Stock Broker Misconduct

Stock Broker Misconduct

We trust stock brokers with our financial futures. We rely on their expertise to help us make wise investment decisions and save for retirement. Unfortunately, the truth is that some stock brokers are primarily interested in making money for themselves and the Wall Street firms they work for. Unlike what you see in their glossy commercials, your interests will always take a back seat to those of the investment houses. The following are a few examples of common types of broker misconduct:

Recommending Unsuitable Investments
Most claims against stock brokers are based on suitability arguments. Just because an investment is a terrific idea for one investor does not mean that it suitable for every investor. A working 38-year old investment banker with no children likely has a different risk tolerance than a 70-year old retiree that draws from his retirement savings. It’s the stock broker’s duty to understand the client’s needs and make suitable investment choices. If your broker is investing your money in investments that do not suit your financial profile, risk tolerance or investment goals, the broker is always responsible for your losses.

Excessive Trading or “Churning”
Most brokers make a living off the commissions they earn when you buy or sell a security. In other words, the more a stock broker buys and sells stocks, the more money he can pocket for himself. This creates a perverse incentive that leads some stock brokers to “churn” accounts by quickly buying and selling stocks in succession. If a stock broker is trading on your account solely for the purpose of maximizing commissions, that is a serious fraud.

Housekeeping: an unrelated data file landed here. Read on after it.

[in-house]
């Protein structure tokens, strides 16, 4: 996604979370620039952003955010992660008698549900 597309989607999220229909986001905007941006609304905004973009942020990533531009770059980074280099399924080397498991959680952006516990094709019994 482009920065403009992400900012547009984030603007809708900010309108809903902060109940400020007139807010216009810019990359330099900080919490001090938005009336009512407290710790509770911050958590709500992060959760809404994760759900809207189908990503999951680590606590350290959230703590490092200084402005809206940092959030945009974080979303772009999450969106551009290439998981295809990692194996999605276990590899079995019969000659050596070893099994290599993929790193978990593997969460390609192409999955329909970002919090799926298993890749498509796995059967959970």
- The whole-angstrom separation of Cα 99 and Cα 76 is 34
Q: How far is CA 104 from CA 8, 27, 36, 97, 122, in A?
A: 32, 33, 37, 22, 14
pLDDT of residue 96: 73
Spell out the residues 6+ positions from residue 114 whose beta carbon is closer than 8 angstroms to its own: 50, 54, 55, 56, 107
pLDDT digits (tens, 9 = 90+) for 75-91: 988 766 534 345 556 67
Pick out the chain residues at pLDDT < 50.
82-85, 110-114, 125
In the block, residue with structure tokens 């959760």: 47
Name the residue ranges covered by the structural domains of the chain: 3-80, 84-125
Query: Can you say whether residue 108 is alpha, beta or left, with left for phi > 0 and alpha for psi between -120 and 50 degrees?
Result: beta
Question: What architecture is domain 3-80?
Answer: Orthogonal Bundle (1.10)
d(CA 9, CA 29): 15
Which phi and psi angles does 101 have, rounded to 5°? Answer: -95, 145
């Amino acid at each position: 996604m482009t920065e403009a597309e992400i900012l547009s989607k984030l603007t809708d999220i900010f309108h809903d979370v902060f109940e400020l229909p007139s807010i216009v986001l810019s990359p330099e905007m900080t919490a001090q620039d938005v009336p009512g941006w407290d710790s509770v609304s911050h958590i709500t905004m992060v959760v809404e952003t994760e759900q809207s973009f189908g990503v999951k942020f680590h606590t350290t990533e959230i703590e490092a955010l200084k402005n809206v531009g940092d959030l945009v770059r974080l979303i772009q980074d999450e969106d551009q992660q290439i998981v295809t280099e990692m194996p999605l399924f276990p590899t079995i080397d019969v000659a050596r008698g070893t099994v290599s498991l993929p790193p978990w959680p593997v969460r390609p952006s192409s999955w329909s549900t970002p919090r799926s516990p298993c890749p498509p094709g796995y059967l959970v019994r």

Unauthorized Trading
Brokers must get permission to trade stocks. A broker cannot buy a security that you did not authorize. Remember, stock brokers make their money on commissions and they are incentivized to both buy and sell securities on your behalf. If your broker is trading without your consent, he is liable for the losses that result.

Don’t put all your eggs in the same basket. The saying applies with force in the investing world. Most retail investors benefit from a diversified portfolio. A stockbroker who puts all your eggs in one basket, for example, low-cap technology stocks, is asking for trouble. Stock brokers who put all their client’s money in energy stocks are at the mercy of the fluctuating price of oil. A stock broker who fails to diversify his clients’ investments can be held liable for losses.

Deadline to File
All stock broker misconduct cases are subject to legal deadlines, and statutes of limitations. Consult with an experienced securities attorney at the Meyerson Law Firm today to find out about filing your claim.